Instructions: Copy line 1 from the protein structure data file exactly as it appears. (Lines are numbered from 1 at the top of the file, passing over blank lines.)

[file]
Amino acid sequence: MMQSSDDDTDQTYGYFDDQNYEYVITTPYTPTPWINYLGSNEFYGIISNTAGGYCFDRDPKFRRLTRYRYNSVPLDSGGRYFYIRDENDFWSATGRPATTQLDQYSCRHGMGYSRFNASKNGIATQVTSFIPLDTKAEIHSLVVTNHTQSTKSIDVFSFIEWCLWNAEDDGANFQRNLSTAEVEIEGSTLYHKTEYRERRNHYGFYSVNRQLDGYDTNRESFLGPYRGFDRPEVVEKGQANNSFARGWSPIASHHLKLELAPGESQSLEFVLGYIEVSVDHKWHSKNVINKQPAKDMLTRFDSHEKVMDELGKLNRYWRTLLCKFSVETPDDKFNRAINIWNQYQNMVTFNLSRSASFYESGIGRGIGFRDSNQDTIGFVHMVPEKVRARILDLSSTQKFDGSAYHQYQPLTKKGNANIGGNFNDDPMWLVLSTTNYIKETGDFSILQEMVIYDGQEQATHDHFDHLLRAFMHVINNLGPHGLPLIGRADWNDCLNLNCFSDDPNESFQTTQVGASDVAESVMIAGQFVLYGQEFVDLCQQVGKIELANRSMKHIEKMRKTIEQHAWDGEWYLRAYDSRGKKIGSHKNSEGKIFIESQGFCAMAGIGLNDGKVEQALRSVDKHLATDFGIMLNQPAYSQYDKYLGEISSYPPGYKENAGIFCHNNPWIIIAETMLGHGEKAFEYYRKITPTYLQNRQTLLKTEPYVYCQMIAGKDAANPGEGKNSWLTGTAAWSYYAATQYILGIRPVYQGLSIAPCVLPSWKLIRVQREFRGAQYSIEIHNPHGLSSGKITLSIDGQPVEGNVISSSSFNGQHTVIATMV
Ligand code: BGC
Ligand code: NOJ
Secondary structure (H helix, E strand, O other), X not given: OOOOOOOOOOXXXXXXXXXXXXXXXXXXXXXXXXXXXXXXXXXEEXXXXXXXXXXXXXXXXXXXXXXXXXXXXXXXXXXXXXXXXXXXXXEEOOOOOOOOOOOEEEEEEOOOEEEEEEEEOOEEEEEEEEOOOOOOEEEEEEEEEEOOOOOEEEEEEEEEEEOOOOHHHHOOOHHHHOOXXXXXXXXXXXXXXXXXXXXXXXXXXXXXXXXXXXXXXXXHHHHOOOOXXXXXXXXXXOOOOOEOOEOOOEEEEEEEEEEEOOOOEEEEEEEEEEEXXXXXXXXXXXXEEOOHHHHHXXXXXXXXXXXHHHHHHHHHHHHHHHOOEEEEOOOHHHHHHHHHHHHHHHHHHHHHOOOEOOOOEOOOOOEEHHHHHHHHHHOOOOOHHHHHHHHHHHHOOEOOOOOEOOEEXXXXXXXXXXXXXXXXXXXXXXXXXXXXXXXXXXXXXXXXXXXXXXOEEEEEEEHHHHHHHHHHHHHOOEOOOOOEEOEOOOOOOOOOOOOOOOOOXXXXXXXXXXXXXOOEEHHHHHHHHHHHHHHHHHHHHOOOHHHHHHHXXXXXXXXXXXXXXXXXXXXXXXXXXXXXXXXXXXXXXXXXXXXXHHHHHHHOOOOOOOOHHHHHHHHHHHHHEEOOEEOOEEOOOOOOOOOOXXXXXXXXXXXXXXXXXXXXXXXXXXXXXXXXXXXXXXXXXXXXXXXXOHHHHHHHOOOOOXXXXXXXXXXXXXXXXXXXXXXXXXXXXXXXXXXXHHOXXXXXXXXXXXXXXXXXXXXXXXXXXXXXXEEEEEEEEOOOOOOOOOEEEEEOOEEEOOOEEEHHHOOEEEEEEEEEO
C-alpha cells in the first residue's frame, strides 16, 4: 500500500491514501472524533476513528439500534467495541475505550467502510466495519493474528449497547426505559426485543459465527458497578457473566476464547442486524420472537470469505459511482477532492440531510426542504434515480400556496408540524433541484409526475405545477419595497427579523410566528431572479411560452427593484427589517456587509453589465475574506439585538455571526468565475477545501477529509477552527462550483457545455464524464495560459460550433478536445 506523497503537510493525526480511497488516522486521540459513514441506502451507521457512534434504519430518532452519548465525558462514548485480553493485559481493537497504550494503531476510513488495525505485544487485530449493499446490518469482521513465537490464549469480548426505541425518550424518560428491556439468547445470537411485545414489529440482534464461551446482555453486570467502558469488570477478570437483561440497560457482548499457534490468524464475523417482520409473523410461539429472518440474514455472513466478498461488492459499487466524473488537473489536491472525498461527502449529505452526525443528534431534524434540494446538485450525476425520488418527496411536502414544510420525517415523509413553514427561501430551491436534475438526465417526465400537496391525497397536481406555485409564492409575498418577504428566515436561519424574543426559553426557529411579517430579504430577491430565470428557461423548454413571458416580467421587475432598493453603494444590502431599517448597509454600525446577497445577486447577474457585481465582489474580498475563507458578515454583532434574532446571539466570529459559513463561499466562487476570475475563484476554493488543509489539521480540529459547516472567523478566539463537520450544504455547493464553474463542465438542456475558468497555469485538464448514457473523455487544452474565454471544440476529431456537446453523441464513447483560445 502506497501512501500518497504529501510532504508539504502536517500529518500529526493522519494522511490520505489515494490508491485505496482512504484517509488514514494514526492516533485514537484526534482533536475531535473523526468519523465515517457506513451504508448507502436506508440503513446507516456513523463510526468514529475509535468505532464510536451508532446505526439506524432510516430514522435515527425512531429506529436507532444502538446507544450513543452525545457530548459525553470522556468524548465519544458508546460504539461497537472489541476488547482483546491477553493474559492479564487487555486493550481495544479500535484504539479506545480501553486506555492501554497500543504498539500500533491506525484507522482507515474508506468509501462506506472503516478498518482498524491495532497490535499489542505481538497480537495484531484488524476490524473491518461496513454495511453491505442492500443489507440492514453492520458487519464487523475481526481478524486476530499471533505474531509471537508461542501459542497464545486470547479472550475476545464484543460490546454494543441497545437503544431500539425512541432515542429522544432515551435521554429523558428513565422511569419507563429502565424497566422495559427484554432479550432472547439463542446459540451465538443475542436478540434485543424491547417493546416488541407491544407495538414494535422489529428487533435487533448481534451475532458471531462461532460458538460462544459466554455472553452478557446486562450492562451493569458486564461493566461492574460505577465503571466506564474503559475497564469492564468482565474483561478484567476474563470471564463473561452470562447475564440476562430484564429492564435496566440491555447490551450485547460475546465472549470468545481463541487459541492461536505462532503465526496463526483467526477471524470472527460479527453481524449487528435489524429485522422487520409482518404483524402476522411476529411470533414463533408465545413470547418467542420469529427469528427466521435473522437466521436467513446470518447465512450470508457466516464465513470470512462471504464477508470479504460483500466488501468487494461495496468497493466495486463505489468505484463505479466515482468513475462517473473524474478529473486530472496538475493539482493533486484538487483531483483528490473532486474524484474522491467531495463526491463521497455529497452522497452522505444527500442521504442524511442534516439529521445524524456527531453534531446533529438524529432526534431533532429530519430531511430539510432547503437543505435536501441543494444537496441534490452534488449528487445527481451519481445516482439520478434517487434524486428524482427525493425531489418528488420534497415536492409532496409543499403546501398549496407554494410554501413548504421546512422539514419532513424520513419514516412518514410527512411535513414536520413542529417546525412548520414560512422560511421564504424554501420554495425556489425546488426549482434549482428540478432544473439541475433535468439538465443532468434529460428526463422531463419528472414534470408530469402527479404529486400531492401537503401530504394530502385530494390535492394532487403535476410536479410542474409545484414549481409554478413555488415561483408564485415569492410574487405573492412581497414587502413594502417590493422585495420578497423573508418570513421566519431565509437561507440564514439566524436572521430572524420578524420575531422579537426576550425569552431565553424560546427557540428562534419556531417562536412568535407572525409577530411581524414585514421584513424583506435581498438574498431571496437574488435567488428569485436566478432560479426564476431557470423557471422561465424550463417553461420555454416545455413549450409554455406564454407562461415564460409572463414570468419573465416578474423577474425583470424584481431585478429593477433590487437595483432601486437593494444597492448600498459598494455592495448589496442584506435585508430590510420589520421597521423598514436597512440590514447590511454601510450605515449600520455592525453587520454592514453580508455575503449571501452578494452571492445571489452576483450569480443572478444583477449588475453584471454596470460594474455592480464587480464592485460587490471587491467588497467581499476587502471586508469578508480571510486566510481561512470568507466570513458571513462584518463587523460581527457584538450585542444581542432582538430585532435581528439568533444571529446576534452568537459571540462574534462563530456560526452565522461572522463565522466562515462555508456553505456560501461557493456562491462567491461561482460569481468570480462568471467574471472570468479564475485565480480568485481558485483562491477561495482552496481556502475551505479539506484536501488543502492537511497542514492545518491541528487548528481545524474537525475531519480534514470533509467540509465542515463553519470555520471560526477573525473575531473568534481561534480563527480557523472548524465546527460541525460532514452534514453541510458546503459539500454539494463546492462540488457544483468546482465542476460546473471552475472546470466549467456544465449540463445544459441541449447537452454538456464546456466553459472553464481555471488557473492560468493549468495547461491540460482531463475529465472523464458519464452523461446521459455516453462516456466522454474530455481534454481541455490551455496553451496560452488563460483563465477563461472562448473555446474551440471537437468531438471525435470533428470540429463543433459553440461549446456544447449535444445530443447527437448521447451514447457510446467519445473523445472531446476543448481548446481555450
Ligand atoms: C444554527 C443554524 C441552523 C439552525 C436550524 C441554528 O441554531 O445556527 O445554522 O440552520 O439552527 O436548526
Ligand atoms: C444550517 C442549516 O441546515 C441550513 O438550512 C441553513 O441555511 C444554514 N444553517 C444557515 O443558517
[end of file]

Amino acid sequence: MMQSSDDDTDQTYGYFDDQNYEYVITTPYTPTPWINYLGSNEFYGIISNTAGGYCFDRDPKFRRLTRYRYNSVPLDSGGRYFYIRDENDFWSATGRPATTQLDQYSCRHGMGYSRFNASKNGIATQVTSFIPLDTKAEIHSLVVTNHTQSTKSIDVFSFIEWCLWNAEDDGANFQRNLSTAEVEIEGSTLYHKTEYRERRNHYGFYSVNRQLDGYDTNRESFLGPYRGFDRPEVVEKGQANNSFARGWSPIASHHLKLELAPGESQSLEFVLGYIEVSVDHKWHSKNVINKQPAKDMLTRFDSHEKVMDELGKLNRYWRTLLCKFSVETPDDKFNRAINIWNQYQNMVTFNLSRSASFYESGIGRGIGFRDSNQDTIGFVHMVPEKVRARILDLSSTQKFDGSAYHQYQPLTKKGNANIGGNFNDDPMWLVLSTTNYIKETGDFSILQEMVIYDGQEQATHDHFDHLLRAFMHVINNLGPHGLPLIGRADWNDCLNLNCFSDDPNESFQTTQVGASDVAESVMIAGQFVLYGQEFVDLCQQVGKIELANRSMKHIEKMRKTIEQHAWDGEWYLRAYDSRGKKIGSHKNSEGKIFIESQGFCAMAGIGLNDGKVEQALRSVDKHLATDFGIMLNQPAYSQYDKYLGEISSYPPGYKENAGIFCHNNPWIIIAETMLGHGEKAFEYYRKITPTYLQNRQTLLKTEPYVYCQMIAGKDAANPGEGKNSWLTGTAAWSYYAATQYILGIRPVYQGLSIAPCVLPSWKLIRVQREFRGAQYSIEIHNPHGLSSGKITLSIDGQPVEGNVISSSSFNGQHTVIATMV